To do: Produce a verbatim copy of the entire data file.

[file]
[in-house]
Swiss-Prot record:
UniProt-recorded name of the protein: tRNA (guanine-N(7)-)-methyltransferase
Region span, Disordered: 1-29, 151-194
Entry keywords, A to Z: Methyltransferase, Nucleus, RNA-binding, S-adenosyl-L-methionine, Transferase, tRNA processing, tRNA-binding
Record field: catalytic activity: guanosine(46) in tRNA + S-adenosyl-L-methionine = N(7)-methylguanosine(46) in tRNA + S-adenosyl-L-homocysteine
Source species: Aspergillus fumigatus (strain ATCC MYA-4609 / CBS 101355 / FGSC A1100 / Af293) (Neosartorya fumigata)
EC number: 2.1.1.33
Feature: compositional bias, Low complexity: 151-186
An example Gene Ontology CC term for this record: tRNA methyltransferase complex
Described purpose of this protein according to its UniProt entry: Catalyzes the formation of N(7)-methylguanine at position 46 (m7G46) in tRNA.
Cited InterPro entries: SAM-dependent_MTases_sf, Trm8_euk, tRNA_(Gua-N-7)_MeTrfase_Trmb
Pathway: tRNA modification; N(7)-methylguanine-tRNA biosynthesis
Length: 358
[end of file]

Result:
[in-house]
Swiss-Prot record:
UniProt-recorded name of the protein: tRNA (guanine-N(7)-)-methyltransferase
Region span, Disordered: 1-29, 151-194
Entry keywords, A to Z: Methyltransferase, Nucleus, RNA-binding, S-adenosyl-L-methionine, Transferase, tRNA processing, tRNA-binding
Record field: catalytic activity: guanosine(46) in tRNA + S-adenosyl-L-methionine = N(7)-methylguanosine(46) in tRNA + S-adenosyl-L-homocysteine
Source species: Aspergillus fumigatus (strain ATCC MYA-4609 / CBS 101355 / FGSC A1100 / Af293) (Neosartorya fumigata)
EC number: 2.1.1.33
Feature: compositional bias, Low complexity: 151-186
An example Gene Ontology CC term for this record: tRNA methyltransferase complex
Described purpose of this protein according to its UniProt entry: Catalyzes the formation of N(7)-methylguanine at position 46 (m7G46) in tRNA.
Cited InterPro entries: SAM-dependent_MTases_sf, Trm8_euk, tRNA_(Gua-N-7)_MeTrfase_Trmb
Pathway: tRNA modification; N(7)-methylguanine-tRNA biosynthesis
Length: 358